In excerpts from his upcoming autobiography, ‘Centre Stage: My Life in Rugby’, Jamie Roberts railed against the concept of the modern rugby professional and criticised Wales’ ‘berserk’ selection policy
It’s relatively uncommon for active athletes to rail against their employers, but as he nears the end of his career, the gloves appear to be off for 94-cap Wales veteran Jamie Roberts.
The two-time British and Irish Lions tourist has opened up in his upcoming autobiography, ‘Centre Stage: My Life in Rugby’, where not even the Welsh Rugby Union is safe from the centre’s judgement.
Specifically, Roberts lambasted the national team’s 60-cap selection quota as ‘absolutely berserk’, suggesting it deprives the country’s most talented rugby prospects from being able to explore their options abroad.
Introduced in October 2017, the cap quota is designed to encourage young players to remain with one of the country’s four regions, while those with 60 caps are still eligible to play for their country even if based at a club outside Wales.
But Roberts described it as ‘outrageous’ that an athlete’s international career can be determined by where they play club rugby.
David Davies/PA Wire)
“It absolutely breaks me,” Roberts said in Centre Stage, which is ghost-written by broadcaster Ross Harries and due to be released on Thursday.
“Who are the WRU to deny players that opportunity and basically blackmail them for the Welsh jersey? I hate the thought of a young Welsh player having the chance to experience rugby in France or England and being afraid to do it because he’s not then allowed to play for his country. I think it’s absolutely berserk.”
The Dragons midfielder is a veritable journeyman himself, having started his career at Cardiff before going on to represent Bath, Harlequins, Racing 92, Cambridge University and the Stormers in South Africa.
Selection policy has been a major talking point after New Zealandrecently decimated Wales 54-16 in their first autumn international, with numerous top-level talents playing in the Premiership not allowed to take part.
Wayne Pivac’s side put up a much stronger fight when most of those players stepped in for Saturday’s 23-18 defeat to South Africa, highlighting the impact made when the team is closer to full strength.
Do you think Wales should keep or ditch the 60-cap selection quota? Let us know in the comments section.
That’s not the only aspect in which rugby could do with moving with the times, however, as Roberts also took aim at the ‘bull****’ view that training and matches should be all players think about.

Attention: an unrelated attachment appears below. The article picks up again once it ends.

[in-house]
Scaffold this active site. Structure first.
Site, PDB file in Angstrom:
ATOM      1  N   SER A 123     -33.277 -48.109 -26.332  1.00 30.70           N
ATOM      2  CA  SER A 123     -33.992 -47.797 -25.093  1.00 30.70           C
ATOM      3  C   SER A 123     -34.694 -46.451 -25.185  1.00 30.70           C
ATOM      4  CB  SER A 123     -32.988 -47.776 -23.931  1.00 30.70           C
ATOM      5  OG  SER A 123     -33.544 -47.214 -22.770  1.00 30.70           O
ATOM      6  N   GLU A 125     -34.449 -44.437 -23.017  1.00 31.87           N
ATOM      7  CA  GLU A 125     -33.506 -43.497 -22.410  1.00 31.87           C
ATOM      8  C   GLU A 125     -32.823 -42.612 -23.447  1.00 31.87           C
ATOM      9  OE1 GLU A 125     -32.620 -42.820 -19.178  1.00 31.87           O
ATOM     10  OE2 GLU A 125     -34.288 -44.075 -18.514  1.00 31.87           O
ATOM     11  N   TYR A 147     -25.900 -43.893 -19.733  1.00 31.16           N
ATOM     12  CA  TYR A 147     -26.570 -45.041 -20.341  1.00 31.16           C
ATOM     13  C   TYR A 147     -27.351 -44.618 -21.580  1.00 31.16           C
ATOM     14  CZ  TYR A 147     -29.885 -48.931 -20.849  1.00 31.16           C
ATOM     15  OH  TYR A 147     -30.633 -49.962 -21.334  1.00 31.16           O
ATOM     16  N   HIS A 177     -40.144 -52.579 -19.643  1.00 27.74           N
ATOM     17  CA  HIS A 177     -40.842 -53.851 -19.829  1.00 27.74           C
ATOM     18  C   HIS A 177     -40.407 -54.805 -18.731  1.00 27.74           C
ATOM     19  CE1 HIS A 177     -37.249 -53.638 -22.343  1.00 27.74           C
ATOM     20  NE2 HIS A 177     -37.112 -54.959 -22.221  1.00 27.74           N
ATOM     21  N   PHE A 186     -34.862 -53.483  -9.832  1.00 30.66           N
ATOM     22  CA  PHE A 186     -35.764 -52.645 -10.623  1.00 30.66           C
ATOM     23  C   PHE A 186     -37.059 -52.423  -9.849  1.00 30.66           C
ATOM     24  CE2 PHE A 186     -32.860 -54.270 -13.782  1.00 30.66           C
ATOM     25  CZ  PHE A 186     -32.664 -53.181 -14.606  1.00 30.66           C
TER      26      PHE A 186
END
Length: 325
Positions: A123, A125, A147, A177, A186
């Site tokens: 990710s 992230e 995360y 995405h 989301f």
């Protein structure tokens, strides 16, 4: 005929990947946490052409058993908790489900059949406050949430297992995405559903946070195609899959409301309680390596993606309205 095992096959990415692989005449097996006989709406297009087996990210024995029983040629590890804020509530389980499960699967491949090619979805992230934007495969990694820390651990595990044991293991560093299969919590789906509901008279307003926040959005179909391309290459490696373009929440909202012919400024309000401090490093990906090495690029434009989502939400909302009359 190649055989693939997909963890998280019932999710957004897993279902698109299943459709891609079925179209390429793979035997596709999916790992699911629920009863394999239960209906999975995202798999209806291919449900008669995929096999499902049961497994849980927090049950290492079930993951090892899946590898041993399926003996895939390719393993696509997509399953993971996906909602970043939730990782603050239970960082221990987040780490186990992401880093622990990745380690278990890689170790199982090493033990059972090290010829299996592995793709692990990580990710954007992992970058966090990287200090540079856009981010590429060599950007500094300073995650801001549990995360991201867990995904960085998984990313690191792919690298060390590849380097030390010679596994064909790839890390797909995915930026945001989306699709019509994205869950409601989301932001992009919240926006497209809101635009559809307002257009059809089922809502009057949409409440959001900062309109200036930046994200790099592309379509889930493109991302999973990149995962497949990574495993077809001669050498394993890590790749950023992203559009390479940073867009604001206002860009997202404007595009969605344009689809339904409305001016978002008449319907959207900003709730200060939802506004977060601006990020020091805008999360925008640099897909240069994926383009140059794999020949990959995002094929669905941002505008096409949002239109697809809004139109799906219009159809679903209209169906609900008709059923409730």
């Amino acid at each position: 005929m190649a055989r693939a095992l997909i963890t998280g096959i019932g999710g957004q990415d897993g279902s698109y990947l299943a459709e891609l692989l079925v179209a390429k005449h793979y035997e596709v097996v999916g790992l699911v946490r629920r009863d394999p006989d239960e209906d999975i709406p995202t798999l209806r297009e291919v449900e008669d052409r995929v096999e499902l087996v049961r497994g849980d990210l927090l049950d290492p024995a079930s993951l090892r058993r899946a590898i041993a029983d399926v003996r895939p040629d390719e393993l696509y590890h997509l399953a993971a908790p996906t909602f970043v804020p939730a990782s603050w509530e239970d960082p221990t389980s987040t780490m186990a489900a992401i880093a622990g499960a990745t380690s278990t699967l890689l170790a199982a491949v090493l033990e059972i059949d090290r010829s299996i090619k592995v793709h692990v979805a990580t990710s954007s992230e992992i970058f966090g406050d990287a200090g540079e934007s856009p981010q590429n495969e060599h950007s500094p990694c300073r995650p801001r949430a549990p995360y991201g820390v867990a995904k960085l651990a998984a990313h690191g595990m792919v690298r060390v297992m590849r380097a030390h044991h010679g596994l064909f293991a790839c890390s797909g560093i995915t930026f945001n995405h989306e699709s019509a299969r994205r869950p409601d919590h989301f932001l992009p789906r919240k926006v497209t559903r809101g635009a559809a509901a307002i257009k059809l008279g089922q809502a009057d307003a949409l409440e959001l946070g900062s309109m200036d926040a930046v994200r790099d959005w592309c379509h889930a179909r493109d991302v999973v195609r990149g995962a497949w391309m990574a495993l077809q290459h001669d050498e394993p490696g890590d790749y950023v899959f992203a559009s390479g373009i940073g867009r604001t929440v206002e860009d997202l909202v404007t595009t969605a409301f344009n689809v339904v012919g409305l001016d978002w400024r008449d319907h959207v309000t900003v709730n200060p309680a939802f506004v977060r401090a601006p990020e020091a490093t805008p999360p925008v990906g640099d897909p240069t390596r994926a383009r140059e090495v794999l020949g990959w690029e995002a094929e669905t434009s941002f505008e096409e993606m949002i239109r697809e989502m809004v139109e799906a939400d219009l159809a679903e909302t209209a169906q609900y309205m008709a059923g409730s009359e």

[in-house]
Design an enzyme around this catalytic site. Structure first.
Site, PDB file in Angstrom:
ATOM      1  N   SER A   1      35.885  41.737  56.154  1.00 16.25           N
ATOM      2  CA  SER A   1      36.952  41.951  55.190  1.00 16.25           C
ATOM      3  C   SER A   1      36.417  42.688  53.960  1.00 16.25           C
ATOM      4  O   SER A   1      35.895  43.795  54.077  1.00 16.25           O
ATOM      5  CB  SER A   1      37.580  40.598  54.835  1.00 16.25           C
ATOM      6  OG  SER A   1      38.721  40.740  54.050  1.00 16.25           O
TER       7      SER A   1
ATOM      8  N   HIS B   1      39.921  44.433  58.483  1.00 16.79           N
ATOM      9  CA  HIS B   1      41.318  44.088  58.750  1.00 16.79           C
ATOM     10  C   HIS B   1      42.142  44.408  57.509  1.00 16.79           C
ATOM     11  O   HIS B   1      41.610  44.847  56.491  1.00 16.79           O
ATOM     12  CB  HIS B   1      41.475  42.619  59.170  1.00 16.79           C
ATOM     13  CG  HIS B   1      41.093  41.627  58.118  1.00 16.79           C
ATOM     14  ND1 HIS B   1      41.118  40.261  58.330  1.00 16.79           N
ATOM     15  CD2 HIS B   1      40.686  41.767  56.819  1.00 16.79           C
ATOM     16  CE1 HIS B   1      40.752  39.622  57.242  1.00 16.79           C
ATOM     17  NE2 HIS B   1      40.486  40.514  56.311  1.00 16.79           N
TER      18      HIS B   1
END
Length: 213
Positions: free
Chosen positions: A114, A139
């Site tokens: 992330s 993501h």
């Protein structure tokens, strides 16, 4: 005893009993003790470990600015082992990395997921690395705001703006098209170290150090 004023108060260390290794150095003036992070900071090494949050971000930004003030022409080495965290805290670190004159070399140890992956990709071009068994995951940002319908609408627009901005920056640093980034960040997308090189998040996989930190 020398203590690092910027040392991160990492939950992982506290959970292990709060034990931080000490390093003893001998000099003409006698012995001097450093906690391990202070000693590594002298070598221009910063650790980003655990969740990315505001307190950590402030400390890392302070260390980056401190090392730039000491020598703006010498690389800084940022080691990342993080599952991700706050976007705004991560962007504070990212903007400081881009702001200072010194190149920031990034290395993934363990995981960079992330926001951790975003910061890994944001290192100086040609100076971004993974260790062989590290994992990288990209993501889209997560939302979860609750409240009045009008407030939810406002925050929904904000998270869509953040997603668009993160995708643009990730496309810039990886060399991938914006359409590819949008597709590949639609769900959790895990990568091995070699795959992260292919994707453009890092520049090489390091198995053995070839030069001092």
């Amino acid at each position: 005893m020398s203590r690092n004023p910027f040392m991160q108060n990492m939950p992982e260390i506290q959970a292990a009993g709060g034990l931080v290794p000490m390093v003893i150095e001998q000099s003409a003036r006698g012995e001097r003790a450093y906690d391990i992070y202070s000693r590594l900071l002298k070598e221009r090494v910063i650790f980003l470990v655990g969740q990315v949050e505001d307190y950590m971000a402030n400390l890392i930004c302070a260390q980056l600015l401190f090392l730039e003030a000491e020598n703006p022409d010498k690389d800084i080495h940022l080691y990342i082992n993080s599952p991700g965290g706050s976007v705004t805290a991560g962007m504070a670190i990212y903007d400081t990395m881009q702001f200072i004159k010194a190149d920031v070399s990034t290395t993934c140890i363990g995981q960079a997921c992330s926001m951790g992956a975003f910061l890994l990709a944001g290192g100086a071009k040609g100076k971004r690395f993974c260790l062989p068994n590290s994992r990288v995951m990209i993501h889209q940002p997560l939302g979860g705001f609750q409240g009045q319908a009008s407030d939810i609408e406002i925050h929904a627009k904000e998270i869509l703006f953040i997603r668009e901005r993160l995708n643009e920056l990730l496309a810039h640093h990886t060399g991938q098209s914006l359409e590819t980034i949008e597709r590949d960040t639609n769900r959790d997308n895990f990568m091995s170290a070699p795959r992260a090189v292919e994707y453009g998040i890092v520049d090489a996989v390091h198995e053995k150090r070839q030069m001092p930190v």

The qualified doctor recalled one occasion in 2009 when he was part of a Barbarians team that beat New Zealand 25-18 at Twickenham despite several long drinking sessions in the days leading up to the game.
“I learned that if you flick the switch on a Saturday morning you can deliver, even against the All Blacks at a sold-out Twickenham after you’ve been desperately hungover,” he wrote.
“Rugby’s a monotonous job. You’re in the gym every day, doing the same weights. If you just do it relentlessly every day you get worn out and bored. For me it was about being busy in the week. The more I thought about rugby, the worse I played.”
Roberts has played at the highest levels, touring with the British and Irish Lions in 2009 and 2013, as well as winning two Six Nations championships, two of which were Grand Slams.
He played almost his entire international career under Warren Gatland, yet Roberts said the coach was often distant towards him, recounting one short exchange in Wales’ team hotel.
“One day he was coming one way down the corridor and I was coming the other,” Roberts said of his old mentor.
“He just looks at me and goes: ‘Jeez, Scott Williams trained well today.’ Before I‘d opened my mouth to reply he’d gone.”
Roberts later learnt Wales’ management team had concocted the approach as a means to get the best out of him, however, adding: “Warren was very smart at pulling the strings. He understood how to get the best out of his players. It was all about winning, there was no room for sentiment. He’s far smarter than a lot of people gave him credit for.”
It was a major compliment for Gatland, who is widely regarded as one of the best coaches of all time and one of only two men to coach three consecutive Lions tours.
It was under the Kiwi that Wales enjoyed arguably the most successful period in their history, but Roberts believes the nation needs to help itself if it’s to beat those achievements in future.